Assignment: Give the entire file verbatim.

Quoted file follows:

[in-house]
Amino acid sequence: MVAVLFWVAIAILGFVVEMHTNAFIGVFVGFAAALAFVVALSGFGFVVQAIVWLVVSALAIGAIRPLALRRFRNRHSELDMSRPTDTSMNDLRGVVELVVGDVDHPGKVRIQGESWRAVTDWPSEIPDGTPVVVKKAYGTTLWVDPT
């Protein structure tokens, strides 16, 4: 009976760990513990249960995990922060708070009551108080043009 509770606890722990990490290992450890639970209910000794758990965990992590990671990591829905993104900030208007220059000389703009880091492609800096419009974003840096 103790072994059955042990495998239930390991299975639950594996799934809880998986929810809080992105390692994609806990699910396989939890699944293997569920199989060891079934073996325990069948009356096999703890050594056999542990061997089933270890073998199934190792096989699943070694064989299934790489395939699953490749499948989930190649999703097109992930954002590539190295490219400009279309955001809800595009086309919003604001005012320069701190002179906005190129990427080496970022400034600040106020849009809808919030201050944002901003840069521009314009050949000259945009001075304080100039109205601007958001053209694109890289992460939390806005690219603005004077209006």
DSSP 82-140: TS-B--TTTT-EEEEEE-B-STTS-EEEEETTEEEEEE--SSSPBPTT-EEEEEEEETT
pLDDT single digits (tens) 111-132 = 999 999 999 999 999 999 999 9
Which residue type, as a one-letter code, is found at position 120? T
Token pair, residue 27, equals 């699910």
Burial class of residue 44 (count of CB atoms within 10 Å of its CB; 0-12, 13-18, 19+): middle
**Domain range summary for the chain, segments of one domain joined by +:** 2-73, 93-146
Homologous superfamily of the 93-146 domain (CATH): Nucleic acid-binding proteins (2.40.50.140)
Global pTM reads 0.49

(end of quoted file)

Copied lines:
[in-house]
Amino acid sequence: MVAVLFWVAIAILGFVVEMHTNAFIGVFVGFAAALAFVVALSGFGFVVQAIVWLVVSALAIGAIRPLALRRFRNRHSELDMSRPTDTSMNDLRGVVELVVGDVDHPGKVRIQGESWRAVTDWPSEIPDGTPVVVKKAYGTTLWVDPT
């Protein structure tokens, strides 16, 4: 009976760990513990249960995990922060708070009551108080043009 509770606890722990990490290992450890639970209910000794758990965990992590990671990591829905993104900030208007220059000389703009880091492609800096419009974003840096 103790072994059955042990495998239930390991299975639950594996799934809880998986929810809080992105390692994609806990699910396989939890699944293997569920199989060891079934073996325990069948009356096999703890050594056999542990061997089933270890073998199934190792096989699943070694064989299934790489395939699953490749499948989930190649999703097109992930954002590539190295490219400009279309955001809800595009086309919003604001005012320069701190002179906005190129990427080496970022400034600040106020849009809808919030201050944002901003840069521009314009050949000259945009001075304080100039109205601007958001053209694109890289992460939390806005690219603005004077209006």
DSSP 82-140: TS-B--TTTT-EEEEEE-B-STTS-EEEEETTEEEEEE--SSSPBPTT-EEEEEEEETT
pLDDT single digits (tens) 111-132 = 999 999 999 999 999 999 999 9
Which residue type, as a one-letter code, is found at position 120? T
Token pair, residue 27, equals 């699910």
Burial class of residue 44 (count of CB atoms within 10 Å of its CB; 0-12, 13-18, 19+): middle
**Domain range summary for the chain, segments of one domain joined by +:** 2-73, 93-146
Homologous superfamily of the 93-146 domain (CATH): Nucleic acid-binding proteins (2.40.50.140)
Global pTM reads 0.49